The-Art-of-Rising-Up-How-to-Stop-Being-Lazy-MainPhoto

The-Art-of-Rising-Up-How-to-Stop-Being-Lazy-MainPhoto

If we knew how to stop being lazy, we’d be super-heroes. We’ve all had a case of the Mondays, the Tuesdays, or maybe the “any day that ends in Ys”…. We’ve all felt lazy, uninspired and unmotivated to get moving and to take action. There’s no shame in admitting that laziness has taken control of your time on occasion; the problem isn’t about feeling a little sluggish from time to time, the real problem is when you cannot break out of that sluggish rut. As Psychology Today reports, according to Neel Burton, M.D., psychiatrist and author of The Art of Failure: The Anti Self-Help Guide, “a person is being lazy if she is able to carry out some activity that she ought to carry out, but is disinclined to do so because of the effort involved…she is being lazy if her motivation to spare herself effort trumps her motivation to do the right or expected thing.” Been there, felt that.

If this describes your current mood, or maybe your mentality every morning when you get out of bed, there’s good news: laziness can be overcome. Motivation might not be easy to come by, there are certain steps you can take to self-motivate, and surround yourself by inspirational forces that can help you get moving and get things done. It’s time to rise up and learn how to stop being lazy, so that you can make the most of your day (life!)

1. Set Realistic Expectations
If you’re often feeling lazy, then you cannot (and should not) expect to wake up one day and be the energizer bunny, knocking items off your to-do list with a smile and a constant supply of spunk. It just doesn’t work that way. Set realistic goals for yourself so you can ease into your new routine. It’s OK to set the bar low at the beginning, because if you set yourself up for failure you’ll only fall deeper into a pattern of laziness and disappointment. Start small by only tackling a few items each day, so that you can get into the habit of achieving your goals, which will further motivate you to work harder.

Read Related: The Lazy Warrior: 15 At-Home Workouts for the Woman Who Hates Leaving the House

The-Art-of-Rising-Up-How-to-Stop-Being-Lazy-Photo2

2. Focus on One Task at a Time
Sometimes laziness can be confused with being overwhelmed. Don’t try to do too much at once; instead focus on one task at any given time, put all of your energy (however much you may have) into that single job, and see it through. According to Chantalle Gerber, author of 52 Simple Steps Towards Happiness and Success, “focusing on two or three things at a time will allow you to feel less overwhelmed. Instead, you will feel motivated, as your goals will now seem so much more achievable.” The best part is that the feeling of success you’ll experience when you do finish that project will provide you with further motivation to move onto the next challenge.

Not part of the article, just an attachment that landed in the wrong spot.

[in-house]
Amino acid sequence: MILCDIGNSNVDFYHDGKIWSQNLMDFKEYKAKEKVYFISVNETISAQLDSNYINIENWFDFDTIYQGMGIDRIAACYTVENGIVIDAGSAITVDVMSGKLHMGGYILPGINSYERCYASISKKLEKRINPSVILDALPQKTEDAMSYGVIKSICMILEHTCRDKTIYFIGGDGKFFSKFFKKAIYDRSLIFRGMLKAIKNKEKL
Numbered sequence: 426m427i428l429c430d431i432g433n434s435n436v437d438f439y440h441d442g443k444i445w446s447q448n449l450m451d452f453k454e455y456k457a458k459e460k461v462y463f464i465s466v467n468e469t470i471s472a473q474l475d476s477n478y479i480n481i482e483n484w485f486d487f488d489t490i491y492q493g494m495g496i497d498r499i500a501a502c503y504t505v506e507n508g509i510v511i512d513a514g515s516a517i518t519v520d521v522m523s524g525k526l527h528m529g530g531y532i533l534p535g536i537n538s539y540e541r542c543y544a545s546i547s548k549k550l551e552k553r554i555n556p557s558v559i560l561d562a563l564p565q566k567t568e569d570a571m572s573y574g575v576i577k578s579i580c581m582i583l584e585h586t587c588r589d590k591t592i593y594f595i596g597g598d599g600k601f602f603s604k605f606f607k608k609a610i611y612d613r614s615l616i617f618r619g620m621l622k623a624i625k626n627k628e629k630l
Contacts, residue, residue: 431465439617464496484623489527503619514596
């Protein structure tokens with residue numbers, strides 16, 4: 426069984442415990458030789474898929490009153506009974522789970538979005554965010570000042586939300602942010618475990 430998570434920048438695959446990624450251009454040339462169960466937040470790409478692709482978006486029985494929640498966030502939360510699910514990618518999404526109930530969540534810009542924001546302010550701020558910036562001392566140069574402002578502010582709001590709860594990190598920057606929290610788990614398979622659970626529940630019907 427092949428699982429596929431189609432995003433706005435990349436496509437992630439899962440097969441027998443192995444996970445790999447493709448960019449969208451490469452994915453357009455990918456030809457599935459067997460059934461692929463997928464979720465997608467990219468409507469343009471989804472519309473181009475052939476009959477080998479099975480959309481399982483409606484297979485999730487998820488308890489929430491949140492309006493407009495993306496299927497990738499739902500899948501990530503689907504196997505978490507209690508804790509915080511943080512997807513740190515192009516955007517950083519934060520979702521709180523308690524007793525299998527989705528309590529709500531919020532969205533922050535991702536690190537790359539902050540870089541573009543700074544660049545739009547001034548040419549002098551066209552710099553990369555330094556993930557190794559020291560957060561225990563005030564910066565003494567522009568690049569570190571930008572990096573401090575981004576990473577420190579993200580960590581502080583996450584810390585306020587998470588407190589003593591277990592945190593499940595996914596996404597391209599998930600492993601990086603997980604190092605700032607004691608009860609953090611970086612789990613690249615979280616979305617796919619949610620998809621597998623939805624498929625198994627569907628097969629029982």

The-Art-of-Rising-Up-How-to-Stop-Being-Lazy-Photo3

3. Surround Yourself by Positive People with Good Work Ethic
It’s easy to feel lazy sometimes, and it’s really easy to feel lazy if you’re surrounded by other people who are equally unmotivated. The whole “misery loves company” motto works here too…laziness thrives on company. Surround yourself with other people who are driven to accomplish their goals, and let their work ethic rub off on you. It’s certainly easier (and more fun) to get things done with a friend by your side, just make sure that friend will push you to take action and work towards success, not make you feel like it’s okay to sit on your butt.

The-Art-of-Rising-Up-How-to-Stop-Being-Lazy-Photo4

4. Create a Vision Board
If you’re a visual person, create a board with images, quotes, photos and objects that will remind you what you are working towards. The idea is that it’s harder to be lazy if you are constantly bombarded with your goals. For example, if you want to get in shape but you often wake up feeling sluggish, create a board with photos of inspirational athletes, weight loss goals, a 5K race you want to complete or a picture of yourself during a time when you were fit. If you want a new career but you’re too lazy (and maybe a little scared) to change jobs then create a board with quotes that inspire you and photos of successful people in your field. Put it on paper so you can visualize your success and get inspired by those images—then get moving.

5. Keep Track of Your Progress
Nothing is more motivating than success. Don’t shrug off your wins, no matter how small they may seem. Even the tiniest accomplishments are worth recognizing, and if you keep track of your progress you’ll actually see how your work is paying off, thus inspiring you to continue that effort, maybe even at a higher intensity, with more passion and with a renewed sense of purpose.

0 replies

Leave a Reply

Want to join the discussion?
Feel free to contribute!

Leave a Reply

Your email address will not be published. Required fields are marked *